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## PowerPoint Slideshow about 'Data Collecting, Organizing Analyzing' - gene

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a VARIABLE is any factor, or thing that can change during your experiment

a CONTROLED experiment only has 1 variable changing, or being tested

- Sometimes a control trial or group is used to compare experimental data to

INDEPENDENTVARIABLE

- This is the variable we can control in an experiment.
- Independent variables are set up ahead of time, before you start following your procedures

INDEPENDENTVARIABLE

- In a “T” table, or data table, this variable is on the left side.
- On a graph, this variable goes on the X axis

INDEPENDENT VARIABLE

- Examples of common Independent variables:
- Time-measure every 30 seconds, every day, etc.
- Distance-measure every 0.5 meters, every 10.0 cm
- Amount-add 2.0 grams each trial

INDEPENDENTVARIABLE

- Your book calls the independent variable the MANIPULATED variable, because we manipulate or set it to our specifications

DEPENDENTVARIABLE

- This is the variable we have to observe in an experiment.
- Dependent variables are measured during the experiment, after you start following your procedures

DEPENDENTVARIABLE

- In a “T” table, or data table, this variable is on the right side.
- On a graph, this variable goes on the Y axis

DEPENDENT VARIABLE

- Examples of common Dependent variables:
- Temperature-record the temperature
- Mass-find the mass of each object or substance
- Amount-count the resulting number of items

DEPENDENTVARIABLE

- Your book calls the dependent variable the RESPONDING variable, because it responds to the procedure you are following. We can’t chose what the data will be.

7 RULES OF GRAPHING

- Follow these simple rules for GREAT GRAPHS

RULE # 1.

- 1. Always draw neat lines with a straight edge or ruler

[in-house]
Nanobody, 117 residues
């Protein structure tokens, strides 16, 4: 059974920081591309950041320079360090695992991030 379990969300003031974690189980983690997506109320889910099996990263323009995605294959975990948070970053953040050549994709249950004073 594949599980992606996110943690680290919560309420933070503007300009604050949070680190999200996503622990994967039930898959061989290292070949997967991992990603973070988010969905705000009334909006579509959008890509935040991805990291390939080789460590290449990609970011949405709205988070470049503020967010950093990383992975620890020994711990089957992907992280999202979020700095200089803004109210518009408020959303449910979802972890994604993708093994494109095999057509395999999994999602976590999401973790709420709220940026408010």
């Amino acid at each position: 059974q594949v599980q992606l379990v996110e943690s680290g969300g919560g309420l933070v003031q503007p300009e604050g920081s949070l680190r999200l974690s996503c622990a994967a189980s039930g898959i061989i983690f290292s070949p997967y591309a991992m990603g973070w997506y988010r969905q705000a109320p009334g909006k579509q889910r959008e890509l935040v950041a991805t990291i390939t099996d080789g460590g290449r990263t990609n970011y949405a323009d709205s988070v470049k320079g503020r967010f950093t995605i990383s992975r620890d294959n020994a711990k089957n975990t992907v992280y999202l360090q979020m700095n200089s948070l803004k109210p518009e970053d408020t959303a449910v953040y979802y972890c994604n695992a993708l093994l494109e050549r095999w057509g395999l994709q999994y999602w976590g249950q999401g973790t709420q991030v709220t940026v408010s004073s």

RULE # 2.

- Make your graph 1/2 page or 1 full page in size.
- Small graphs are too difficult to read patterns or results of your experiment.

RULE # 3.

- Label the x-axis (goes across the bottom of your graph)
- Label the y-axis ( the line that goes up & down on the left side of your graph)

RULE # 4.

- Label three places on your graph.
- 1. TITLE the graph descriptively
- WHAT DOES YOUR GRAPH SHOW US?

RULE # 4.

- 2. label the x-axis with the independent variable
- this is the variable you pre-set before you began collecting data, on the left side of a “T” table
- common independent variables can be time, or distances

RULE # 4.

- 3. label the y-axis with the dependent variable
- this is the variable you measure when you begin collecting data, on the right side of a “T” table
- common dependent variables can be mass, or temperature

RULE # 5.

- Number the x and y axis with a regular numerical sequence or pattern starting with 0 to space out your data so it fills the entire graph
- examples: 0, 5, 10, 15 . . .
- 0, 2, 4, 6, . ., 0, 0.5, 1.0, 1.5, 2.0

RULE # 6.

- Number the x and y axis on the lines of the graph, not the spaces between the lines

RULE # 7.

- If your graph shows more than one trial of data, or has more than 1 line, USE A KEY
- A key can be different colored lines, lines with different textures or patterns.

Good Luck and Happy Data Collecting!

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